The Air and Space forces of the two sides show an even larger imbalance than those on the ground, and showcase even more why force employment matters.  As stated previously, the Empire has a space station the size of a small planet, that can blow up bigger planets.  The Rebels have a relatively small space flotilla with a number of small fighters.  The biggest thing the Rebels have that the Empire lacks is tactics and a thorough understanding of force employment.  Despite all the wonders of technology and obvious intergalactic numerical preponderance, the Empire still left a direct port from the exterior straight to some style of nuclear-powered core--a defect around which the Rebels planned an entire offensive operation.

     This is an oversight that the IAF would have loved during Operation Opera in 1981, when they bombed Iraq's nuclear reactor.  In any event, the outcomes were the same:

Why does it matter?
     The inevitable question.  Why go through a science fiction movie to attempt to explain military power theories of the real world?  Simple--an outgunned, out-manned force that is technologically outmatched can still fight and win if their underlying theories are correct.  The most obvious set of examples of such occurrences come from any number of Arab/Israeli conflicts from the 20th century, and a number of delightful summaries can be found in Kenneth M. Pollack's book Arabs at War: Military Effectiveness, 1948-1991.  Contained within the first 150 or so pages are a number of exposes regarding the performances of the Egyptian military in a number of wars against Israel during the latter half of the 20th century.  In a number of the conflicts, the Egyptian military possessed a preponderance of then-modern Soviet equipment that was technologically superior to the motley assortment possessed by the Israelis. However, the Israelis consistently beat back their Egyptian foes, in fight of odds that would be thought suicidal to any "Old Theory" adherents.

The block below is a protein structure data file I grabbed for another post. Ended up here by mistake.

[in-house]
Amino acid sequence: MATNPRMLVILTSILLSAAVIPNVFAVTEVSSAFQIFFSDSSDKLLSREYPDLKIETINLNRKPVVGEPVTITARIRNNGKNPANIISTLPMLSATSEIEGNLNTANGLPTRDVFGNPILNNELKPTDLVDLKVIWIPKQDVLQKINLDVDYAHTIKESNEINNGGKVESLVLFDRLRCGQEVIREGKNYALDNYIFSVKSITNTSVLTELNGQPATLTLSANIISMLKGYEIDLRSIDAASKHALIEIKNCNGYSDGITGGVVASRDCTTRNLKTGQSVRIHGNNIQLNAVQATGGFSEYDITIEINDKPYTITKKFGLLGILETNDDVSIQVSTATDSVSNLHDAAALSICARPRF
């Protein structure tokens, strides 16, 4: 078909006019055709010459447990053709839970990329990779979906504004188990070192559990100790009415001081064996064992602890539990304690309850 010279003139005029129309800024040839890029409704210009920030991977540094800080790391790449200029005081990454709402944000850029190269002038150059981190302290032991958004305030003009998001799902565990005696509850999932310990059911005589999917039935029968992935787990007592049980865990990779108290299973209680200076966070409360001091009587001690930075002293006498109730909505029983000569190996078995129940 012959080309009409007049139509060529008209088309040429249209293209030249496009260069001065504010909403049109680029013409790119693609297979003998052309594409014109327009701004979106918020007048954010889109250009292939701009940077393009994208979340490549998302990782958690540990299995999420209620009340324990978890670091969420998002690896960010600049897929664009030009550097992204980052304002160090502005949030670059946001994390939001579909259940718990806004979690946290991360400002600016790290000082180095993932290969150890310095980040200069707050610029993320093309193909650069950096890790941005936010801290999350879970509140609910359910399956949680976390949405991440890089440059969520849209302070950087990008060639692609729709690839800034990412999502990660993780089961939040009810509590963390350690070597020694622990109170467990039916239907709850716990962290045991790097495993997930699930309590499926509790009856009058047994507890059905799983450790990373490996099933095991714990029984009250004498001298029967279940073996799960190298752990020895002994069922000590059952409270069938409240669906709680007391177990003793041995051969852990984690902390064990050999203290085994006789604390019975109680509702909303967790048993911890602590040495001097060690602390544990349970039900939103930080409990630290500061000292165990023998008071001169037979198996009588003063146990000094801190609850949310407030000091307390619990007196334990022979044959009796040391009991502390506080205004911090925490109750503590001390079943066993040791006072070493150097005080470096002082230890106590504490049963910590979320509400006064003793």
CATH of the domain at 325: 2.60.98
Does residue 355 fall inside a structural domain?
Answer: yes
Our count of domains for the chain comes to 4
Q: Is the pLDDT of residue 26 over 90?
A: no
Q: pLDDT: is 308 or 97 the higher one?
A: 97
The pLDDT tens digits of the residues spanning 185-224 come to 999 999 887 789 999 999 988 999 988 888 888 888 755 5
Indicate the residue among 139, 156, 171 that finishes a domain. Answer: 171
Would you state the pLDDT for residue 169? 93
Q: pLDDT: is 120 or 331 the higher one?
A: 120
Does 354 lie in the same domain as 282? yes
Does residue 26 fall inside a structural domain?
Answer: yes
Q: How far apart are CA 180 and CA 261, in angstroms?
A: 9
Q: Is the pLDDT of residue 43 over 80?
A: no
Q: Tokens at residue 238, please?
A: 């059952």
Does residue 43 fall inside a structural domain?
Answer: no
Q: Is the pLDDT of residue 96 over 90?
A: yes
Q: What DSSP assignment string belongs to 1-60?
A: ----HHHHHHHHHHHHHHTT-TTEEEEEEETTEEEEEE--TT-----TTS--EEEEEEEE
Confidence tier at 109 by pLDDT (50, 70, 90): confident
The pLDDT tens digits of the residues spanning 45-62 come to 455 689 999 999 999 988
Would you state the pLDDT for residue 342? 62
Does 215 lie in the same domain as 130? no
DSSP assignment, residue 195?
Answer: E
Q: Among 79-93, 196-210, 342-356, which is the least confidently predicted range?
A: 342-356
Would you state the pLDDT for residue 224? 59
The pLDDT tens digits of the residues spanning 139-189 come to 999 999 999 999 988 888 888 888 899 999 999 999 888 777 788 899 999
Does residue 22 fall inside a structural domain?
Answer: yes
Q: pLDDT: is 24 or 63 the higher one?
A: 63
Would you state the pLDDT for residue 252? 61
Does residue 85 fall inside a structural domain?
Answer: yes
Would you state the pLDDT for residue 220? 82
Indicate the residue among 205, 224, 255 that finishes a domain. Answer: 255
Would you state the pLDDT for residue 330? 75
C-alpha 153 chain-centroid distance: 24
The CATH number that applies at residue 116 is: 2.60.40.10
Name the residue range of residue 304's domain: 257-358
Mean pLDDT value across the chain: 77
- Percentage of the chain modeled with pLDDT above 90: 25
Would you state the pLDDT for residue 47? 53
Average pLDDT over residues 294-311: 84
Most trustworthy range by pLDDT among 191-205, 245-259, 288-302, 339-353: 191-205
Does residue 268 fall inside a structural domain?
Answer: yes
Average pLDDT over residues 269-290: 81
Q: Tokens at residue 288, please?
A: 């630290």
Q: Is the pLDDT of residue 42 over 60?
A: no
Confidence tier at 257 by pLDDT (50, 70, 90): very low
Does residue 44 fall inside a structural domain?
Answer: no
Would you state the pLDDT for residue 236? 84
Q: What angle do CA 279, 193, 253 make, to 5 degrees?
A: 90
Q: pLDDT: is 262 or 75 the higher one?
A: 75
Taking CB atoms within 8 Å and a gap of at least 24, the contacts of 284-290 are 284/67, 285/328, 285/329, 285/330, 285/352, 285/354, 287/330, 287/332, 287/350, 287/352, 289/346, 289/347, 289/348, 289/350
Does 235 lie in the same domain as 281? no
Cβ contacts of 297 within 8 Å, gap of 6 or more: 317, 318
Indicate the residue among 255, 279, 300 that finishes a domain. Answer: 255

How were the Israelis able to consistently claim victory?  According to Biddle, any "New Theory" modern-system military will consistently come out victorious when faced up against a non-modern-system adversary, even if that adversary possesses the technological or numeric edge.  This plays out in any number of wars the Israelis have fought against their admittedly underwhelming neighbors.  

     Famously, this lop-sided match between the modern system and non-modern system played out in Gulf War 1 and Gulf War 2, prompting many to speculate that it was the cusp of a revolution in military affairs.  Biddle implies that the technological advancement demonstrated in the Gulf Wars is merely a result of the modern system's merging with the latest technology, rather than a full-scale revolution.  In Gulf War 1 there were USMC tankers plodding around in outdated M60 tanks rather than the newest M1 Abrams.  These armored columns were technologically outdated according to "Old Theory" adherents, and still dominated the battlefield because they had a better system of force employment.

While an reactive-armor plated M60 astride a dirt mound might not be as theatrically pleasing as snowbound pack mules, anachronistic trench warfare, and space battles culminating in an exploding moon-sized object, when viewed in the framework of Biddle's theories on Military Power, they can all do justice in showcasing the versatility and "galactic" truth of the primacy of force employment in the modern system.